The Great American Beer Festival event an event that is true to its is Great like the Grand Canyon is Grand. The problem is, like the Grand Canyon, the Great American Beer Festival can not be absorbed or comprehended like Clark Griswold tried to do on the South Rim. It is simply too big, too vast. It also has the same problems as many of the crown jewels of the National Park System. There are too many visitors, and it is being loved to death.

The Brewer's Association has made great strides to make sure that every year runs a little better than the last. In recent years they have added member's only entrances for all of the night sessions, and have a Saturday day session for member's only.

I attended the member's only session for the first time this year, and while just as crowded as any of the night sessions, it wasn't quite as crazy. I appreciated that. I also attended with my brother, which was also a first for me.

We stood in line, got in, got our tasting glasses, and headed to the back of the hall without too much trouble and only an expected delay. This way we avoided a lot of the crowd. We proceeded to taste whatever sounded interesting. I usually try to taste as many of my favorite styles of beer (Brown and Oktoberfest and beers brewed with Pumpkin). Unfortunately, again this year, brown ales are not in favor. Oktoberfest and Pumpkin beers are more popular because the festival is held in the fall, but many of the Pumpkin's were out as of Saturday Afternoon. Almost every brewery had a light beer and at least one offering in the Imperial or Double range. IPAs, of course, were everywhere.

Even so, I had a few beers of just about every style. My favorite beers from my beer stained notes were: Stewart's Old Percolator Coffee Porter (Bear, DE), Shipyard's Sea Dog Pumpkin Ale (Bangor, MA), Barley Island's Dirty Helen Brown, which won the gold medal for American Brown Ales (Noblesville, IN), Left Hand's Oktoberfest (Longmont, CO) which was a ringer that I had at Lagerfest, Drake's Red Glare Red (San Leandro, CA), Buffalo Bill's (Hayward, CA) Pumpkin Ale, Vino's (Little Rock, AR) Oatmeal Brown, and Magnolia's (San Francisco, CA) Porter.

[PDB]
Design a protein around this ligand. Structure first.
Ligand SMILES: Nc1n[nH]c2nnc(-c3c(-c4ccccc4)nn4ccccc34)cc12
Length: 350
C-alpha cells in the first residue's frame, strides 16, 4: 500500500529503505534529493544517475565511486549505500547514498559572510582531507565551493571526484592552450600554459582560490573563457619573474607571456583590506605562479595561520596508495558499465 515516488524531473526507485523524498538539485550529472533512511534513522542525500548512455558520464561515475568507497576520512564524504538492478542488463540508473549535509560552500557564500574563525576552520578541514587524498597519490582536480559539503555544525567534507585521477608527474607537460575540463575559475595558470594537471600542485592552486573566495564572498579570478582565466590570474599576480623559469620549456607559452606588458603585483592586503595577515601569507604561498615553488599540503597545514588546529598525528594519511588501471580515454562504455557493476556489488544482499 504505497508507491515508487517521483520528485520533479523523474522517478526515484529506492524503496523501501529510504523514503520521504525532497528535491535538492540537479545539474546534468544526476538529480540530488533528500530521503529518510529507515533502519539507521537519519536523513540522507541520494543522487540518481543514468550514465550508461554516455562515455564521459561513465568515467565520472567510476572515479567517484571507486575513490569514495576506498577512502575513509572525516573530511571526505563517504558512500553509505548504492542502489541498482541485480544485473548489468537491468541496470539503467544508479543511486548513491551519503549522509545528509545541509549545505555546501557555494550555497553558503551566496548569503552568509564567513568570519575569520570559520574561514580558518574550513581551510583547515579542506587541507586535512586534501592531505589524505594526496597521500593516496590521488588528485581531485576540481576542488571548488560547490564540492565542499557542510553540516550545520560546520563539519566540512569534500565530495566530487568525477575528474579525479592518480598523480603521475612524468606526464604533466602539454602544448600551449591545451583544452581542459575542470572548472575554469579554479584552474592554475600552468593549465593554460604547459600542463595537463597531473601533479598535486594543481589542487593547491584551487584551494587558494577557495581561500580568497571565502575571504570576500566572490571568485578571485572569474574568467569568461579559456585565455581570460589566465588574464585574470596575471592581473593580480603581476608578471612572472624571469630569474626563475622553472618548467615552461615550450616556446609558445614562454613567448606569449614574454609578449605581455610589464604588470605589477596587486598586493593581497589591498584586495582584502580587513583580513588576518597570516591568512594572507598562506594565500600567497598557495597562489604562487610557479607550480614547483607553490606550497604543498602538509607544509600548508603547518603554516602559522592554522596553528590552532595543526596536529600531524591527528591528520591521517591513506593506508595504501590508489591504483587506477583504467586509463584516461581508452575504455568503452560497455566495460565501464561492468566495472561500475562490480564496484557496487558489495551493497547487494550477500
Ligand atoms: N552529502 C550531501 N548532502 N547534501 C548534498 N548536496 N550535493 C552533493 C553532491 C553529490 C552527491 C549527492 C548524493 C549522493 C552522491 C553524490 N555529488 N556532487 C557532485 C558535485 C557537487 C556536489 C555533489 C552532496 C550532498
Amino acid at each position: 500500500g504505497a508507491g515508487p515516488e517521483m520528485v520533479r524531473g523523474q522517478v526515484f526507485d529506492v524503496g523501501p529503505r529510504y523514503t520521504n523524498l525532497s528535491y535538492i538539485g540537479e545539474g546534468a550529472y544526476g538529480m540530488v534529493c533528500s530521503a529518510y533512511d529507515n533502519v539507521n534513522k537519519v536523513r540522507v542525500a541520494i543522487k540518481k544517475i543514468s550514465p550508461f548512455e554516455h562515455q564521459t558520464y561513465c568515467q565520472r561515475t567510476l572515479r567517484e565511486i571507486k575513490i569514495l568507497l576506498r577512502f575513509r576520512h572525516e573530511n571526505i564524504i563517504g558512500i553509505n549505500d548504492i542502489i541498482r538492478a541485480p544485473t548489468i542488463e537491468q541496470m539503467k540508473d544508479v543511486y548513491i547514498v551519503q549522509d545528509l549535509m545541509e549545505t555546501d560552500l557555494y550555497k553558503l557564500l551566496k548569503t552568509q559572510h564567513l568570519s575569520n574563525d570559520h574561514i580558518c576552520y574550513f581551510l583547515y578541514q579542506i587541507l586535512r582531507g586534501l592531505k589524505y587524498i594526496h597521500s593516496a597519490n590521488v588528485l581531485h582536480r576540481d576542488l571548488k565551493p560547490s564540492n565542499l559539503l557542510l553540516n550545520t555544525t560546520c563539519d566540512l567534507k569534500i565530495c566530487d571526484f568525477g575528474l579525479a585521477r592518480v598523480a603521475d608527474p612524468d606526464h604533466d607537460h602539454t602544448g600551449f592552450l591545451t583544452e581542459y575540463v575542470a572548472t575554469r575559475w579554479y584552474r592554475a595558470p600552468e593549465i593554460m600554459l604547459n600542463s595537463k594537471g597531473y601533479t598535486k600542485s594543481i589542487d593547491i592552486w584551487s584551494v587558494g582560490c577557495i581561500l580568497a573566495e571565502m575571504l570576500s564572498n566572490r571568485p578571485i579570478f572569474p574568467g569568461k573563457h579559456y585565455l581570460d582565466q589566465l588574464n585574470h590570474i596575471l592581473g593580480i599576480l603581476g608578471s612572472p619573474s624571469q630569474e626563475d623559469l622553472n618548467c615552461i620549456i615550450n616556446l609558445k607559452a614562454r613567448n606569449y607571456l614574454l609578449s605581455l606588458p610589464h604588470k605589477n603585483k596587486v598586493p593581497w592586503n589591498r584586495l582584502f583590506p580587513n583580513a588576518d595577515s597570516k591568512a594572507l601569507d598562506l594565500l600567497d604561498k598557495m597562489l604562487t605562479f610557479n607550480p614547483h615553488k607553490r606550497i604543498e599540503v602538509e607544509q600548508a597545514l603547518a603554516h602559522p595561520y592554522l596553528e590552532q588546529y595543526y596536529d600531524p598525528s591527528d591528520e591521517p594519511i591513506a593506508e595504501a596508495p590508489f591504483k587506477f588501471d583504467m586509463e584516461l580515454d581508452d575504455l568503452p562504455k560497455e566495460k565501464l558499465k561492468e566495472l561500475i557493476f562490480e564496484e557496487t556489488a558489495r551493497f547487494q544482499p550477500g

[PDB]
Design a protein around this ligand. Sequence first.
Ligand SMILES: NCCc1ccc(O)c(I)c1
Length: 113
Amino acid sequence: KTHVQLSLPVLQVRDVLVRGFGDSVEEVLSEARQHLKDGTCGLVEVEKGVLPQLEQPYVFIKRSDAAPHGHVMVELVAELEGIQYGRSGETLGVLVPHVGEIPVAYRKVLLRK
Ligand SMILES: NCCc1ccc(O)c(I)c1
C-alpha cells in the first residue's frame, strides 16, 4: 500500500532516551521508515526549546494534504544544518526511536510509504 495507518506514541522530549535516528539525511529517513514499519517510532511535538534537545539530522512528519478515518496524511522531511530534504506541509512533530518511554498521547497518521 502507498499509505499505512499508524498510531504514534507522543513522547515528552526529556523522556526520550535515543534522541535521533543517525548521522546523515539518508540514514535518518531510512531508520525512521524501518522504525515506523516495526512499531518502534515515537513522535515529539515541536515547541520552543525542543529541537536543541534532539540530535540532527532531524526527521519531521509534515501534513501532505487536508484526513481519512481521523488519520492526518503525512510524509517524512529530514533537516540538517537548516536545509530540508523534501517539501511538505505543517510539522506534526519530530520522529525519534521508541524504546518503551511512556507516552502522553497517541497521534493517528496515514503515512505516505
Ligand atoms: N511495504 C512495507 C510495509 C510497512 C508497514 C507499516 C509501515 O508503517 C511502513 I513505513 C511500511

My brother and I tasted until we couldn't taste any thing any more, and we estimated that if we had a 1 oz. taste on average every five minutes (taking trips to the bathroom and a little break for food into account), we sampled over 60-70 oz. of beer each, perhaps only 4-5 pints of beer. That works out to be about $9 per pint for the $45 ticket. Expensive beer. We also did not linger in any of the non-beer booths or events, and I always kick myself afterwards. The problem is, the session is only 4 hours (we stayed only just over 3) and you get hyper focused (and drunk) about trying beer. We just plain forgot to stop and smell the roses. Oh, and I forgot my camera, again!

This event is just too big, too vast. It would be nice to spend perhaps 2 hours each session trying beer, and an hour or two loitering around the other booths, digging the vibe, people watching (not to mention the silent have to see it to understand), but that would be an even more expensive way to experience more of the beer and information offered. I had more fun at my other tasting events this year (Lager Festival, and the Rare Beer Tasting), even though I enjoyed more of the beer I tasted at GABF. The brewers were more accessible, and the servers somewhat more knowledgeable about what they were serving at the smaller events. Too bad you can't camp at the GABF like you can at the Grand Canyon, so you can take more of it in.